Monday, April 1, 2013


Picture Wallpicture wall              picture wall

Wonder Wall

Before you begin, you need to consider the type and texture of the surface you're hanging the frames on.
For concrete, a rotary hammer drill is a must. Use a drill bit that's smaller than the plug (the tube that secures the screw in the wall), especially with older houses, as this will slowly create the hole without disturbing the masonry too much.
For plasterboard, a basic screwdriver is generally all you'll need. There is a wide array of plasterboard fixings available for every purpose and weight, but Powers Fasteners Legs Wall Anchors, $39.29 for a pack of 100, are a great option as they're simply hammered into the wall and then screwed to secure. Best of all, they are easy to remove, and all you're left with is a small slot in your surface.

Measure Up
Pictures should be hung at eye level, with the centre of the artwork sitting at approximately 1550mm to 1600mm from the floor. When hanging art in children's bedrooms, lower the works to their height, so they can enjoy them, too.

Group Together
Mix frames of varied shapes, sizes and textures to create a vintage-inspired rogues' gallery of photos and memorabilia. Hanging a collection of frames is ideal for large walls, but can be tricky to arrange. Experiment with the configuration on the floor first, using an important piece as a focal point and then spread them out in all directions, thinning out at the edges. Separate two similar-sized pieces with a smaller one and keep spacing tight.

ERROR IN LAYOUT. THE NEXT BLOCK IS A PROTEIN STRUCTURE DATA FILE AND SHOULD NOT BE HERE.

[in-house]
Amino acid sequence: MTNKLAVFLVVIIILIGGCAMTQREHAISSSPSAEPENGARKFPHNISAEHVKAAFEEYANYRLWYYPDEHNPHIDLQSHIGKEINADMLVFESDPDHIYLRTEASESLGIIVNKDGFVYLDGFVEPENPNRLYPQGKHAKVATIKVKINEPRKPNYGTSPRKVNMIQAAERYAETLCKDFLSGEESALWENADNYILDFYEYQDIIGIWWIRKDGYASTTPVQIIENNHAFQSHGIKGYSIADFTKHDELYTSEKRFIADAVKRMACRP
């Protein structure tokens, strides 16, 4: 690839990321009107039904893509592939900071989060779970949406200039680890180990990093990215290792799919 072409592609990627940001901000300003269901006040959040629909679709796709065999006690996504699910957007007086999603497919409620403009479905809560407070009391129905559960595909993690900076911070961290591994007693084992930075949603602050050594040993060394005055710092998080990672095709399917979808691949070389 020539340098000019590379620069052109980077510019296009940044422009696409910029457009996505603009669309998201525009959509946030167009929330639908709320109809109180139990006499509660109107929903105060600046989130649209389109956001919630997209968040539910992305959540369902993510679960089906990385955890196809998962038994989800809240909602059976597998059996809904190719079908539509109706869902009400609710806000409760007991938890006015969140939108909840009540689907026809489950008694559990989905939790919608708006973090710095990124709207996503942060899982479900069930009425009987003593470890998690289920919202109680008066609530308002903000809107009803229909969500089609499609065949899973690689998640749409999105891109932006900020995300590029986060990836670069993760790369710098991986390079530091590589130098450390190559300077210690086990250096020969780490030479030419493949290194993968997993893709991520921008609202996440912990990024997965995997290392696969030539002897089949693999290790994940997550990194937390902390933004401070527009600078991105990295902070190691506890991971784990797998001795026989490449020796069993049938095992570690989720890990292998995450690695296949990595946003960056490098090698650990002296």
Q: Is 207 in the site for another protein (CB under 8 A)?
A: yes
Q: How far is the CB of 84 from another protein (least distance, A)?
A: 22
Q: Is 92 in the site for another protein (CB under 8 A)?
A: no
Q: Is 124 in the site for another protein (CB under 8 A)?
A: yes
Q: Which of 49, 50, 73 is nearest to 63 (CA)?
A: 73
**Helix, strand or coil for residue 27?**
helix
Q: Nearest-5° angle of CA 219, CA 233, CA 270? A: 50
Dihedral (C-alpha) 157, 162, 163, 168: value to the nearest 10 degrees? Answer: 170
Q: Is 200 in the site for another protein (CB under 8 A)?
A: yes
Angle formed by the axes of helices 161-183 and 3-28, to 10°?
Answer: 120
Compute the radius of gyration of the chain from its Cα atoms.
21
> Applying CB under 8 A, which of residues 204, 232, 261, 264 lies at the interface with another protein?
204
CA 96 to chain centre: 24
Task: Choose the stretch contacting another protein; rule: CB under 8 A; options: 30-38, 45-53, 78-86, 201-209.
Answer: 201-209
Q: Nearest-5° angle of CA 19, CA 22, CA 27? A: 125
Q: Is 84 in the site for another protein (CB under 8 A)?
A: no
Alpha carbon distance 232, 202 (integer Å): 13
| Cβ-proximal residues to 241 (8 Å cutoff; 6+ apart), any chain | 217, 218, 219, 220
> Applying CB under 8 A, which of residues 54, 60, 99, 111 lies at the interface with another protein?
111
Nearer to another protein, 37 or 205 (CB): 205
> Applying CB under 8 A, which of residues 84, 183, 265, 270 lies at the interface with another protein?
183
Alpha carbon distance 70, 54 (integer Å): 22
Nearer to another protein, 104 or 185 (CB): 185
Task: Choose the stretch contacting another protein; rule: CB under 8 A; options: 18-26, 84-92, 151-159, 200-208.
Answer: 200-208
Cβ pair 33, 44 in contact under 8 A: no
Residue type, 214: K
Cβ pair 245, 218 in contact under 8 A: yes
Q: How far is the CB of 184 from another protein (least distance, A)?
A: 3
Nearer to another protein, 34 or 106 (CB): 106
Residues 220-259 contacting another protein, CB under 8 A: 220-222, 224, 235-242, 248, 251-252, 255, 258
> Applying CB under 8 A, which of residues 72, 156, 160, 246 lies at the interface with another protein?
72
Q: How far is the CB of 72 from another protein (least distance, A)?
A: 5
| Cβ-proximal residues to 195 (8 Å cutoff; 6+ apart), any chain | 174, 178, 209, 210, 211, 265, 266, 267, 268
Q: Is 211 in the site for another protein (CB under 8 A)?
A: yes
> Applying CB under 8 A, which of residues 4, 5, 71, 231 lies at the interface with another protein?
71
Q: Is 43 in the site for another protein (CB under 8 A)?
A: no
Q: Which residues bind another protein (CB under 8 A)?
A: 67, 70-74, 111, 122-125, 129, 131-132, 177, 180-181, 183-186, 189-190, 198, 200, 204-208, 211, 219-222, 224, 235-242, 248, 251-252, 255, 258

Think Outside The Square
Don't restrict yourself to traditional options: hang pieces that put a smile on your face. Adorn your walls with everything from a minimalist collection of empty frames to hanging a kimono, or put up a shelf to display sculptural works.

Location, Location
Avoid the temptation to place a painting in the middle of a wall. Instead, anchor it over a piece of furniture, such as a sofa, or reference it to a feature, like at the end of a dining table, or above a mantelpiece.

Shy Away From Light
All artwork will fade over time, so limiting its exposure to sunlight will help slow the process. Also, positioning anything under glass (like a photo) opposite a window will reflect light and restrict your view of the image. You can get your framer to use a special type of glass that cuts out UV rays and reflection, but this can be costly. - Marie Claire

pics from pinterest 

1 comment :

  1. That looks so cool!


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